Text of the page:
Davis: calm, old-fashioned, progressive, quirky, very very hot in the summer. I use micron and copic pens, with watercolour."

• Pete's blog.
• Pete's art on Flickr.

Meet the Correspondent: Suhita Shirodkar > San Jose, Calif.$show=/search/label/Suhita%20Shirodkar

"I was born in Mumbai (Bombay) and lived in different parts of India until I moved to San Jose, California, where I now live.

Travel inspires my art, but, traveling or not, I try to view the world around me as a traveller would; so whether I’m capturing a moment of calm on the banks of the Ganges in India, or sketching over coffee at my local coffee shop, I aim to look deeply, and with wonder, at both the everyday and the exotic, the old and the new.

I love color. My sketch kit consists of Extra Fine Sharpies (the fact that they bleed into the paper as soon as they touch it works really well for me—it forces me to work super-quick), a small set of Prismacolor pencils and a little watercolor travel set".

Meet the Correspondent: Omar Jaramillo > Berlin$show=/search/label/Omar%20Jaramillo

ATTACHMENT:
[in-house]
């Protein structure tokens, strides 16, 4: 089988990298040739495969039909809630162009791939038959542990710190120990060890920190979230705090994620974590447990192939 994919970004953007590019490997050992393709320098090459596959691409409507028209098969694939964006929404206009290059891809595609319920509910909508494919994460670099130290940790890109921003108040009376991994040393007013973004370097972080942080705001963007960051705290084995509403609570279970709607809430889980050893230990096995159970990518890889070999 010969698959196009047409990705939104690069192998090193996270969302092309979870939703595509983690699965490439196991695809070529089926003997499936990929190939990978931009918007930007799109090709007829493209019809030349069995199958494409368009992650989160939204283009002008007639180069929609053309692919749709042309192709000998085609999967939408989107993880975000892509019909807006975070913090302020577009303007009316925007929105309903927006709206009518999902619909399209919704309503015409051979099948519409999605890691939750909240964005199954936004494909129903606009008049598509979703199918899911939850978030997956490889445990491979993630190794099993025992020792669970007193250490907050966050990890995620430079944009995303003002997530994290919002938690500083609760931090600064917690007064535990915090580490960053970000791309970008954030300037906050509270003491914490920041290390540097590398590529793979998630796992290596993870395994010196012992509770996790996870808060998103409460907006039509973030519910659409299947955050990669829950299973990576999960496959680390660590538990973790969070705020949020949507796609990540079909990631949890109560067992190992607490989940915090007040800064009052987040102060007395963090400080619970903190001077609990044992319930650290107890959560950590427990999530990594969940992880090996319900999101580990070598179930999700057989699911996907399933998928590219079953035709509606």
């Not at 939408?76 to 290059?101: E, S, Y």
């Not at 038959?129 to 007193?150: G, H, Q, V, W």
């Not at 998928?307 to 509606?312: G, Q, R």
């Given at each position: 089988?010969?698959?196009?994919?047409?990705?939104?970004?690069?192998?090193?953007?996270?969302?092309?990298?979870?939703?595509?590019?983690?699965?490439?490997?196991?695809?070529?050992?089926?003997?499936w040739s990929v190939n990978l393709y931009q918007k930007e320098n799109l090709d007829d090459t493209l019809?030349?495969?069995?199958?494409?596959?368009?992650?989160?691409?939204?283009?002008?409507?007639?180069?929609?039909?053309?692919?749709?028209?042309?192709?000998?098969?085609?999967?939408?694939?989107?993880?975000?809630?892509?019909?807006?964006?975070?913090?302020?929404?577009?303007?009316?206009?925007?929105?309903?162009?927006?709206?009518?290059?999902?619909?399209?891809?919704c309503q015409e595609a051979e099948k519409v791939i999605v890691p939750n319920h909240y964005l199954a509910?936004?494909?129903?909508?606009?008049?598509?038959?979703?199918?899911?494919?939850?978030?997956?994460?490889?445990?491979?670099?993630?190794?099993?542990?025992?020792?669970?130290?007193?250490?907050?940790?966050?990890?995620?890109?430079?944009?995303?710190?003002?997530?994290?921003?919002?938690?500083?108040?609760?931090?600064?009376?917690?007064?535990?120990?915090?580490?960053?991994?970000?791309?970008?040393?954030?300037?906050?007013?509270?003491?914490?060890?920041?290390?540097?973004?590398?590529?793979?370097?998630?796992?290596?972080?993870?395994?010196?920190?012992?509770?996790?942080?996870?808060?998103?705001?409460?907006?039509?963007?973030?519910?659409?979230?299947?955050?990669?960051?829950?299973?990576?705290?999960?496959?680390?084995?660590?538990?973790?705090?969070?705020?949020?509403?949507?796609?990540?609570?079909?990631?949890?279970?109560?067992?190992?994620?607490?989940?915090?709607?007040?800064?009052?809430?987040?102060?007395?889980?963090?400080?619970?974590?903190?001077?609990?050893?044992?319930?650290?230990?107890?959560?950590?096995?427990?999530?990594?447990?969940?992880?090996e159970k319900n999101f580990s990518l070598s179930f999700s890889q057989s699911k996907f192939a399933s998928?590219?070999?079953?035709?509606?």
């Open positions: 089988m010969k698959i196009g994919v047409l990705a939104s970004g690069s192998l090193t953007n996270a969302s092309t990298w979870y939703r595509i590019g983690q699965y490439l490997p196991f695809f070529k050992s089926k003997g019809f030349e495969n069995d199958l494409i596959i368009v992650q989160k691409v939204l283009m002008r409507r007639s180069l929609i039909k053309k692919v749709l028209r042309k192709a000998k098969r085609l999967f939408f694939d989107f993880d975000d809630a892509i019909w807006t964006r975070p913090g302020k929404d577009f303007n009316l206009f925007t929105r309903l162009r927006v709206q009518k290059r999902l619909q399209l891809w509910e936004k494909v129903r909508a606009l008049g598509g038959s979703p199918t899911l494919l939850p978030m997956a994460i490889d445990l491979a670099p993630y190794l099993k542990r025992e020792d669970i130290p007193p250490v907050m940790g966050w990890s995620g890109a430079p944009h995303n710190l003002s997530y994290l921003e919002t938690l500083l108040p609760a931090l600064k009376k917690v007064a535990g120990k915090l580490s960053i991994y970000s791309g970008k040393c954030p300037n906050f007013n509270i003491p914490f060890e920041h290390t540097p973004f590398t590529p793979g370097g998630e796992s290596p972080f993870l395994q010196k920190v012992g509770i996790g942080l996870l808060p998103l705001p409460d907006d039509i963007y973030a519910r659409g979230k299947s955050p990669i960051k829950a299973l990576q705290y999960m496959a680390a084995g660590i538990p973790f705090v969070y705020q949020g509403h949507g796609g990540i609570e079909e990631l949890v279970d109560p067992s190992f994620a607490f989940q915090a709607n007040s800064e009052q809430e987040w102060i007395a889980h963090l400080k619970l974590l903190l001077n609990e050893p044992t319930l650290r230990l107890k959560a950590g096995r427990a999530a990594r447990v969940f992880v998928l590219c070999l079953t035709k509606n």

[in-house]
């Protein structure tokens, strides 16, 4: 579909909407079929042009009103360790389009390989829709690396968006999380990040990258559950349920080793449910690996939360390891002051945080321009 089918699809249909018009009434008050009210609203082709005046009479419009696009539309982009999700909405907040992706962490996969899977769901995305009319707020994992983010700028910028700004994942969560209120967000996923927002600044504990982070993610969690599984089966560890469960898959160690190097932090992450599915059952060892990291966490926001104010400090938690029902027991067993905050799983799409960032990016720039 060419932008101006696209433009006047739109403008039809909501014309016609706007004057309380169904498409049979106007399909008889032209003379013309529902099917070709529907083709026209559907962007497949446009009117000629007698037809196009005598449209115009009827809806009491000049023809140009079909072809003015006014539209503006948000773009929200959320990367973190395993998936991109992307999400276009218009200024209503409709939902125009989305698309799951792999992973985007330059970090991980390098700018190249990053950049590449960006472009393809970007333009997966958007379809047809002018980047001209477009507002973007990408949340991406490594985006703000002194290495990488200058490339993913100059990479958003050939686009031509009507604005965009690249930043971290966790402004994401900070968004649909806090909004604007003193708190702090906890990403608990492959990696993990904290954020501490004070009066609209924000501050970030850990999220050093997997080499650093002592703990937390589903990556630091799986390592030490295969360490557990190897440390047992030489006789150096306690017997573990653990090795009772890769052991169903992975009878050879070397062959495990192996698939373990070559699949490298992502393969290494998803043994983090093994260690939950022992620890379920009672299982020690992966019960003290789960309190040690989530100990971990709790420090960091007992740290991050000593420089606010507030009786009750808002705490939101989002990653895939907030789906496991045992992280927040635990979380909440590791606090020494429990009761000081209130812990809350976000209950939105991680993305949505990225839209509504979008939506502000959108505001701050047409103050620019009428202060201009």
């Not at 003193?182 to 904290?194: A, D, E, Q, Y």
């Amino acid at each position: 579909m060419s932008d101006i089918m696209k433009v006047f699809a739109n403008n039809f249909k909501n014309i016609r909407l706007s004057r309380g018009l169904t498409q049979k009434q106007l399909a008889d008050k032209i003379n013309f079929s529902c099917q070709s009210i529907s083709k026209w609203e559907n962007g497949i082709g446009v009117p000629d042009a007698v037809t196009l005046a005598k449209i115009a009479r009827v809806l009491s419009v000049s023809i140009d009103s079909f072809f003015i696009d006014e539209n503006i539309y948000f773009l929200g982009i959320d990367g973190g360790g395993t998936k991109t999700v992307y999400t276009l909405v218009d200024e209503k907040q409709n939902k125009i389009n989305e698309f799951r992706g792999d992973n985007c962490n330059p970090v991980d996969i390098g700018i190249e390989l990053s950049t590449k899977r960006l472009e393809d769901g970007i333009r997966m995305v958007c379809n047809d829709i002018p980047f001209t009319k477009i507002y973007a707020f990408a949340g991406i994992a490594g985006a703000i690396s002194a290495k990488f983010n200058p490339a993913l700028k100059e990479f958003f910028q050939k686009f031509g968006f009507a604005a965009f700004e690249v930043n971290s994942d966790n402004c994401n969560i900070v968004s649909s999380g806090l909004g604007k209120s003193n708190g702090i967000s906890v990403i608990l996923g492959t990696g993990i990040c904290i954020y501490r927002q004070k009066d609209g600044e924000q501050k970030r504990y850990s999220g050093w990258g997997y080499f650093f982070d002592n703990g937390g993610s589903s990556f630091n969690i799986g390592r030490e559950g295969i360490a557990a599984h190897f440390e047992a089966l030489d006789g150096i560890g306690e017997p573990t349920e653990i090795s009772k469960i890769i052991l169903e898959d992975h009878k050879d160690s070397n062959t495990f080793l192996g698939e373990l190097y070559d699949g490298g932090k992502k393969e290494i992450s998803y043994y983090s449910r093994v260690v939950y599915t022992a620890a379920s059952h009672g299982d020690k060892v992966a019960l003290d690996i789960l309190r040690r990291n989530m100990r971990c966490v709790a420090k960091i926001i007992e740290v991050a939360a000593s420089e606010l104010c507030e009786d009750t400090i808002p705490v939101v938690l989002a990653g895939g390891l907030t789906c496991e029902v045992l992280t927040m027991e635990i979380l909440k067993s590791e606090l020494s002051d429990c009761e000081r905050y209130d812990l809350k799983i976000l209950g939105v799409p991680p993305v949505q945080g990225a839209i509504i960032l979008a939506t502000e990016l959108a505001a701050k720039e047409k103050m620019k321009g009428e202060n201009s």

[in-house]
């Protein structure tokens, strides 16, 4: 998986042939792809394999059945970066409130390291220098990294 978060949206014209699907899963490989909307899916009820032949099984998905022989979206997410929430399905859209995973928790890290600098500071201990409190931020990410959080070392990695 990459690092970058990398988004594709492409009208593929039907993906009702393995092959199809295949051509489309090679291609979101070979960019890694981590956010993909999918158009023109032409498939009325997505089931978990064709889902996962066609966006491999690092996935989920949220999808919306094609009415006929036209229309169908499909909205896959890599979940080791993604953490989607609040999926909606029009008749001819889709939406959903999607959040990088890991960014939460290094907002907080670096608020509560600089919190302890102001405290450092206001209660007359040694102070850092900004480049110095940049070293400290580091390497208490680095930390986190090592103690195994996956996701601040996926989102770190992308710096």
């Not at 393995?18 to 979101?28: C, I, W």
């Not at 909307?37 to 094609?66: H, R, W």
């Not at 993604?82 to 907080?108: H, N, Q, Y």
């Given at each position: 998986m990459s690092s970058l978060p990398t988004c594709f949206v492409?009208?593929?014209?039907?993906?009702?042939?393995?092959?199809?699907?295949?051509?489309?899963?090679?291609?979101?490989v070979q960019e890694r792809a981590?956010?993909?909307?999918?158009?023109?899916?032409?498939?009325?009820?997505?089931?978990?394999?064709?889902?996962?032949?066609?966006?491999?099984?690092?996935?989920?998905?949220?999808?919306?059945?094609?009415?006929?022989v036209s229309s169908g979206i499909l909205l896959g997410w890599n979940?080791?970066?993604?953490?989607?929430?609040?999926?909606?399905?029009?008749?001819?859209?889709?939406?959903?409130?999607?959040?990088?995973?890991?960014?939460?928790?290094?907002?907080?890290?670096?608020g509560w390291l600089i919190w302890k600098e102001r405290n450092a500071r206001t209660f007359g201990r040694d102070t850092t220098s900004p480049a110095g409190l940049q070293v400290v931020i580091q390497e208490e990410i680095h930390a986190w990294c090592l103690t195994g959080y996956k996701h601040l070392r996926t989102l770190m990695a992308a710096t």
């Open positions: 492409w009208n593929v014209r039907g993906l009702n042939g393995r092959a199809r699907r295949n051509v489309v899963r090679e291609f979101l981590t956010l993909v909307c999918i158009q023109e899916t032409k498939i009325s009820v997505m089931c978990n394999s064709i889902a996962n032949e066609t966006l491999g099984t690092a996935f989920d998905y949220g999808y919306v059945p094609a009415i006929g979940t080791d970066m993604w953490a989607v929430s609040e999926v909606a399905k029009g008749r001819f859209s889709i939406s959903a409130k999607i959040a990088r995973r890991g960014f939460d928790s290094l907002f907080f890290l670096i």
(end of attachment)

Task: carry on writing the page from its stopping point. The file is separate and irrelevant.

"I was born in Guayaquil, Ecuador, where I studied architecture. I moved to Kassel (Germany) in 1999 to accomplish a master degree. Although I have always drawn and paint, it was not until I started studying in the Uni-Kassel, that I started keeping a travel sketchbook. I had a teacher there who used to do a lot of sketches when he travelled on university excursions. When he retired, I helped to organize an exhibition of his sketches. He brought a huge box full of sketchbooks he had filled since he was an architecture student. I spent a whole day selecting the most interesting drawings. It was a wonderful experience that opened my eyes to a new world. In the last 10 years I have the feeling of being in a long journey. I like to discover the cities where I live, to understand why a place is the way it is and what makes it different and unique from others. Drawing is for me a way to learn to love a place, to become part of it. I like to draw architecture but I am more attracted to urban scenery, portraying how people live in the city. Since I’m a foreigner, everything that locals find normal and taken-for-granted, for me is exotic. I always carry a small watercolor travel set from Windsor and Newton and my sketchbook in my bag. I always thought that drawing was a solitary experience until I found Urban Sketchers. It was amazing to find so many people doing the same thing. It is a great place to share!" • Omar's blog. • Omar's art on flickr. • Omar's website.